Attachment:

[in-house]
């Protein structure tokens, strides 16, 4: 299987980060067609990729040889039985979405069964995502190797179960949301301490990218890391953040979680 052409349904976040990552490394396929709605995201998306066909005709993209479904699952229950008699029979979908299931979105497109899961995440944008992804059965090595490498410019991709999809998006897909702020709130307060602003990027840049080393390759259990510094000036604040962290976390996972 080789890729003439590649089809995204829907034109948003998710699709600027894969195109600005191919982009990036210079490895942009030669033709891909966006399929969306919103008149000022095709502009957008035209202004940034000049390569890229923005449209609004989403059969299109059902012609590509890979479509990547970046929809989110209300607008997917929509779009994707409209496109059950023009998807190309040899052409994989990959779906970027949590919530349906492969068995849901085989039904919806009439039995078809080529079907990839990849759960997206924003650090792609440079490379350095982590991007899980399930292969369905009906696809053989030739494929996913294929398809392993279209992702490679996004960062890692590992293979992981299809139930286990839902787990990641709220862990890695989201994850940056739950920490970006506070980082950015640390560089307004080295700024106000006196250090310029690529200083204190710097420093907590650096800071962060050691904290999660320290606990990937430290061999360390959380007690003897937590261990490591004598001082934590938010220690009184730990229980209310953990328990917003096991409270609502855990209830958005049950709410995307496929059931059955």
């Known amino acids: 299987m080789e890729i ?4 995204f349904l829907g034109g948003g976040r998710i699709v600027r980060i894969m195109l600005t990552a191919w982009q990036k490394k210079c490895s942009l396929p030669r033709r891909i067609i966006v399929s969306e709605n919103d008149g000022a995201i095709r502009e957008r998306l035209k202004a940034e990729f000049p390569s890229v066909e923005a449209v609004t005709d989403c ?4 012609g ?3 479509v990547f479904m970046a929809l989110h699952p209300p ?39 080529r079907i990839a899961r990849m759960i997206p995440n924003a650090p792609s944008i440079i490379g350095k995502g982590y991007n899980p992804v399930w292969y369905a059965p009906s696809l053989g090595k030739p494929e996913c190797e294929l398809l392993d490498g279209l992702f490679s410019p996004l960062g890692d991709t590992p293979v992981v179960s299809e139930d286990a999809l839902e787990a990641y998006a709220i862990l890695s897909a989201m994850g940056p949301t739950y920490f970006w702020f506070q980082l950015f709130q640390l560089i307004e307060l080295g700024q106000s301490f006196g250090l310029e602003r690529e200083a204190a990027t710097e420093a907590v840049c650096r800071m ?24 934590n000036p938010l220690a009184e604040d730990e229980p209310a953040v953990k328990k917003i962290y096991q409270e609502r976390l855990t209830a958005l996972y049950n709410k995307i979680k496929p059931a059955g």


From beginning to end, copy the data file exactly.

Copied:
[in-house]
């Protein structure tokens, strides 16, 4: 299987980060067609990729040889039985979405069964995502190797179960949301301490990218890391953040979680 052409349904976040990552490394396929709605995201998306066909005709993209479904699952229950008699029979979908299931979105497109899961995440944008992804059965090595490498410019991709999809998006897909702020709130307060602003990027840049080393390759259990510094000036604040962290976390996972 080789890729003439590649089809995204829907034109948003998710699709600027894969195109600005191919982009990036210079490895942009030669033709891909966006399929969306919103008149000022095709502009957008035209202004940034000049390569890229923005449209609004989403059969299109059902012609590509890979479509990547970046929809989110209300607008997917929509779009994707409209496109059950023009998807190309040899052409994989990959779906970027949590919530349906492969068995849901085989039904919806009439039995078809080529079907990839990849759960997206924003650090792609440079490379350095982590991007899980399930292969369905009906696809053989030739494929996913294929398809392993279209992702490679996004960062890692590992293979992981299809139930286990839902787990990641709220862990890695989201994850940056739950920490970006506070980082950015640390560089307004080295700024106000006196250090310029690529200083204190710097420093907590650096800071962060050691904290999660320290606990990937430290061999360390959380007690003897937590261990490591004598001082934590938010220690009184730990229980209310953990328990917003096991409270609502855990209830958005049950709410995307496929059931059955």
């Known amino acids: 299987m080789e890729i ?4 995204f349904l829907g034109g948003g976040r998710i699709v600027r980060i894969m195109l600005t990552a191919w982009q990036k490394k210079c490895s942009l396929p030669r033709r891909i067609i966006v399929s969306e709605n919103d008149g000022a995201i095709r502009e957008r998306l035209k202004a940034e990729f000049p390569s890229v066909e923005a449209v609004t005709d989403c ?4 012609g ?3 479509v990547f479904m970046a929809l989110h699952p209300p ?39 080529r079907i990839a899961r990849m759960i997206p995440n924003a650090p792609s944008i440079i490379g350095k995502g982590y991007n899980p992804v399930w292969y369905a059965p009906s696809l053989g090595k030739p494929e996913c190797e294929l398809l392993d490498g279209l992702f490679s410019p996004l960062g890692d991709t590992p293979v992981v179960s299809e139930d286990a999809l839902e787990a990641y998006a709220i862990l890695s897909a989201m994850g940056p949301t739950y920490f970006w702020f506070q980082l950015f709130q640390l560089i307004e307060l080295g700024q106000s301490f006196g250090l310029e602003r690529e200083a204190a990027t710097e420093a907590v840049c650096r800071m ?24 934590n000036p938010l220690a009184e604040d730990e229980p209310a953040v953990k328990k917003i962290y096991q409270e609502r976390l855990t209830a958005l996972y049950n709410k995307i979680k496929p059931a059955g």